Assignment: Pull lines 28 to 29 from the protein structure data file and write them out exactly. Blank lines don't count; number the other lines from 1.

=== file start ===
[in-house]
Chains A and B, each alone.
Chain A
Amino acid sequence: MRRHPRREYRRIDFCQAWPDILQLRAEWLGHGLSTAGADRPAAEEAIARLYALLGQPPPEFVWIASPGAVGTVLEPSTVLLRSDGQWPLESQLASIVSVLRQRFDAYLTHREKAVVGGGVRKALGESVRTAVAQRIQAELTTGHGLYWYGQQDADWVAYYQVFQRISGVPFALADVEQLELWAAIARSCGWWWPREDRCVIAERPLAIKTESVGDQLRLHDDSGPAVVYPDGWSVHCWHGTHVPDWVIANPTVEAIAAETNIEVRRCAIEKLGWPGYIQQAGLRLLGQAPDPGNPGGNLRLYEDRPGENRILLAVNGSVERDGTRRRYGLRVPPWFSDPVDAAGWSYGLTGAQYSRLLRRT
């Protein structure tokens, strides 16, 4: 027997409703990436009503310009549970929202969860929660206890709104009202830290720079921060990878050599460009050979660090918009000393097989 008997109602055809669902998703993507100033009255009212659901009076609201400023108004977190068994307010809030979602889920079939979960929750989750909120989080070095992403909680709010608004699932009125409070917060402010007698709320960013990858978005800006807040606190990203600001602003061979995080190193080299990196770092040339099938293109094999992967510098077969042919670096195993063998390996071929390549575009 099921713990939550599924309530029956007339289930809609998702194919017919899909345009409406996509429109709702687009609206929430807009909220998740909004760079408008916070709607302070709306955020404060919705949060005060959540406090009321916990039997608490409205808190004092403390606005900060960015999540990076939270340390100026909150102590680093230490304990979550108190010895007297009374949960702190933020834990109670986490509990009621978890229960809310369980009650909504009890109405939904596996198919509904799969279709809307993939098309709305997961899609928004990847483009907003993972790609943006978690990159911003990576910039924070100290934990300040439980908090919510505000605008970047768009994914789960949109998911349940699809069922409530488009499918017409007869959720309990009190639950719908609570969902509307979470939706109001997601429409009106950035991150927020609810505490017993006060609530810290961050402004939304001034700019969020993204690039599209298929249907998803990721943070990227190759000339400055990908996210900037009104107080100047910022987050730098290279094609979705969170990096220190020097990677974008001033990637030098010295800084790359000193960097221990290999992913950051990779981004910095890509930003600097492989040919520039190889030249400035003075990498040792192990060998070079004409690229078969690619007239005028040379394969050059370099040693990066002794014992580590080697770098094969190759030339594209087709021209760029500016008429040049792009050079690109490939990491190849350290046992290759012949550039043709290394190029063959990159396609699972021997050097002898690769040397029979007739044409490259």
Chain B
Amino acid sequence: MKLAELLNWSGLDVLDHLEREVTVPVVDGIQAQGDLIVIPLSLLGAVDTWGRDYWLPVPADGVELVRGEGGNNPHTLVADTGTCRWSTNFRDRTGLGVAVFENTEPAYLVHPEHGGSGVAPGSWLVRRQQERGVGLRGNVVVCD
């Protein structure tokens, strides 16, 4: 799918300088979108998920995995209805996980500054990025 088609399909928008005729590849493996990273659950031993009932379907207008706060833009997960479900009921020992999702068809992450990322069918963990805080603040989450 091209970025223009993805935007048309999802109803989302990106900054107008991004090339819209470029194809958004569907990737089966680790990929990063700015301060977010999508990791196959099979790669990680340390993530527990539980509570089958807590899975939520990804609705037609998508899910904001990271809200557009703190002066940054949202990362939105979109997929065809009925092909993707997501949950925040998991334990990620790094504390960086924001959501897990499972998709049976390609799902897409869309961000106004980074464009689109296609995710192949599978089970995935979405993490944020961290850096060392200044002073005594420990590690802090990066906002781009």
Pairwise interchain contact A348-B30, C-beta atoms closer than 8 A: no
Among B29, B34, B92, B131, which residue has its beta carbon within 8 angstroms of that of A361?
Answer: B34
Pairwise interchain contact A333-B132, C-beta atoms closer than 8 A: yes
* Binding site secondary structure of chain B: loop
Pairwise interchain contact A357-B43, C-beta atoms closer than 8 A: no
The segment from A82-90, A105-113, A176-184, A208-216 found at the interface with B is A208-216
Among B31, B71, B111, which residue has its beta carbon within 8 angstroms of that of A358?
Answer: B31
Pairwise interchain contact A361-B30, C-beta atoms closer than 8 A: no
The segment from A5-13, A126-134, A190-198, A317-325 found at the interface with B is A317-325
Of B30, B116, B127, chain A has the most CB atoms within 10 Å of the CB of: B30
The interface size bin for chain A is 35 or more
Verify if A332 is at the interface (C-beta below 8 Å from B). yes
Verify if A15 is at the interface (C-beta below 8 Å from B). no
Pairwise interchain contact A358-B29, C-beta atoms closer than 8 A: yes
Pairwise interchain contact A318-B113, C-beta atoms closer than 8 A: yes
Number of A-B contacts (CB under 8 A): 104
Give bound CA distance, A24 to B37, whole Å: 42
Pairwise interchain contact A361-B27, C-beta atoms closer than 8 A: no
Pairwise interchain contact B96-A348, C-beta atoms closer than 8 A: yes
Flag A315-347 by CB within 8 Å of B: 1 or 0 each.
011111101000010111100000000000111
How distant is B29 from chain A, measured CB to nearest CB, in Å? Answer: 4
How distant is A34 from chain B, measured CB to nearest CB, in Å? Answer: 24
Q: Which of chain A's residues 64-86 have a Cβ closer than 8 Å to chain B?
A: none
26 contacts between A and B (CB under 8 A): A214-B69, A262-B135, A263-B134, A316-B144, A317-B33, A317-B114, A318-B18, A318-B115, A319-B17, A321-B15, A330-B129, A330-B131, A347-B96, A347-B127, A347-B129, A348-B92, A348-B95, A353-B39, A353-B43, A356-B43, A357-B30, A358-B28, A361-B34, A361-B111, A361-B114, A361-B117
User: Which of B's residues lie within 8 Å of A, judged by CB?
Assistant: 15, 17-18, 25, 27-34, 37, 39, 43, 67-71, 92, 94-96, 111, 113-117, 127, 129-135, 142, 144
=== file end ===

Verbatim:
Pairwise interchain contact A361-B27, C-beta atoms closer than 8 A: no
Pairwise interchain contact B96-A348, C-beta atoms closer than 8 A: yes